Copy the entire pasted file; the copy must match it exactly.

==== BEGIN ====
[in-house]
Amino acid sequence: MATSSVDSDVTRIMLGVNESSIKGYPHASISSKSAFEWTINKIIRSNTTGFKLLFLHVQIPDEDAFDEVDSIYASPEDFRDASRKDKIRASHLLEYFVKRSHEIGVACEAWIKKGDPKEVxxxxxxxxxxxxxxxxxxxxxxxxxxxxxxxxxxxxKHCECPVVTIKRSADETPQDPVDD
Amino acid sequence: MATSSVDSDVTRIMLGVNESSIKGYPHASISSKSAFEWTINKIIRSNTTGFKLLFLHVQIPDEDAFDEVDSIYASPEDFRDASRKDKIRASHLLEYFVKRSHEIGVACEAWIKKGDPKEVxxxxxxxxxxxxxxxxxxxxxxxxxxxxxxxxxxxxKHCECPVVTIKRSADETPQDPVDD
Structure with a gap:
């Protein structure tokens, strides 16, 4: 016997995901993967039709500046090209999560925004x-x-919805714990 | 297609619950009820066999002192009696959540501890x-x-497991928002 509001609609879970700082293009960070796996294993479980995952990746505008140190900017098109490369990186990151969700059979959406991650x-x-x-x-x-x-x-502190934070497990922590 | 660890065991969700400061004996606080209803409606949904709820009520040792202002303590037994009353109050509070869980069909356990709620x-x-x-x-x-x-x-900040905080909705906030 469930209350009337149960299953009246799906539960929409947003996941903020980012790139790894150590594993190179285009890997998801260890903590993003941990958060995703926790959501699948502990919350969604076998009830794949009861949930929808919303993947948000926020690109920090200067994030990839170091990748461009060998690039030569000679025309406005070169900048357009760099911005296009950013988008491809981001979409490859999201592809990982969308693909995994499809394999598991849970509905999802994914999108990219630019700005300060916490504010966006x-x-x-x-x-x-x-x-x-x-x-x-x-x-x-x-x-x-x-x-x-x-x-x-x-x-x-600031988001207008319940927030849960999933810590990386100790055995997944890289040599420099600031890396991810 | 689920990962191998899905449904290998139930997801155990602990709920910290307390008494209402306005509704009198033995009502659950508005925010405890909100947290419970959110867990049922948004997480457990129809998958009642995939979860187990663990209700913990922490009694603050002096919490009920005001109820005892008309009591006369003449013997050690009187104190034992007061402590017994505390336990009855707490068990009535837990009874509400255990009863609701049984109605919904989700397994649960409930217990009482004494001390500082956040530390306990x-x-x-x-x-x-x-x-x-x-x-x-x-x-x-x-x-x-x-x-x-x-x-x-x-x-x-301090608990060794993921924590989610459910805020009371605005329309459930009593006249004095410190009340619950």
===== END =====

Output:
[in-house]
Amino acid sequence: MATSSVDSDVTRIMLGVNESSIKGYPHASISSKSAFEWTINKIIRSNTTGFKLLFLHVQIPDEDAFDEVDSIYASPEDFRDASRKDKIRASHLLEYFVKRSHEIGVACEAWIKKGDPKEVxxxxxxxxxxxxxxxxxxxxxxxxxxxxxxxxxxxxKHCECPVVTIKRSADETPQDPVDD
Amino acid sequence: MATSSVDSDVTRIMLGVNESSIKGYPHASISSKSAFEWTINKIIRSNTTGFKLLFLHVQIPDEDAFDEVDSIYASPEDFRDASRKDKIRASHLLEYFVKRSHEIGVACEAWIKKGDPKEVxxxxxxxxxxxxxxxxxxxxxxxxxxxxxxxxxxxxKHCECPVVTIKRSADETPQDPVDD
Structure with a gap:
């Protein structure tokens, strides 16, 4: 016997995901993967039709500046090209999560925004x-x-919805714990 | 297609619950009820066999002192009696959540501890x-x-497991928002 509001609609879970700082293009960070796996294993479980995952990746505008140190900017098109490369990186990151969700059979959406991650x-x-x-x-x-x-x-502190934070497990922590 | 660890065991969700400061004996606080209803409606949904709820009520040792202002303590037994009353109050509070869980069909356990709620x-x-x-x-x-x-x-900040905080909705906030 469930209350009337149960299953009246799906539960929409947003996941903020980012790139790894150590594993190179285009890997998801260890903590993003941990958060995703926790959501699948502990919350969604076998009830794949009861949930929808919303993947948000926020690109920090200067994030990839170091990748461009060998690039030569000679025309406005070169900048357009760099911005296009950013988008491809981001979409490859999201592809990982969308693909995994499809394999598991849970509905999802994914999108990219630019700005300060916490504010966006x-x-x-x-x-x-x-x-x-x-x-x-x-x-x-x-x-x-x-x-x-x-x-x-x-x-x-600031988001207008319940927030849960999933810590990386100790055995997944890289040599420099600031890396991810 | 689920990962191998899905449904290998139930997801155990602990709920910290307390008494209402306005509704009198033995009502659950508005925010405890909100947290419970959110867990049922948004997480457990129809998958009642995939979860187990663990209700913990922490009694603050002096919490009920005001109820005892008309009591006369003449013997050690009187104190034992007061402590017994505390336990009855707490068990009535837990009874509400255990009863609701049984109605919904989700397994649960409930217990009482004494001390500082956040530390306990x-x-x-x-x-x-x-x-x-x-x-x-x-x-x-x-x-x-x-x-x-x-x-x-x-x-x-301090608990060794993921924590989610459910805020009371605005329309459930009593006249004095410190009340619950």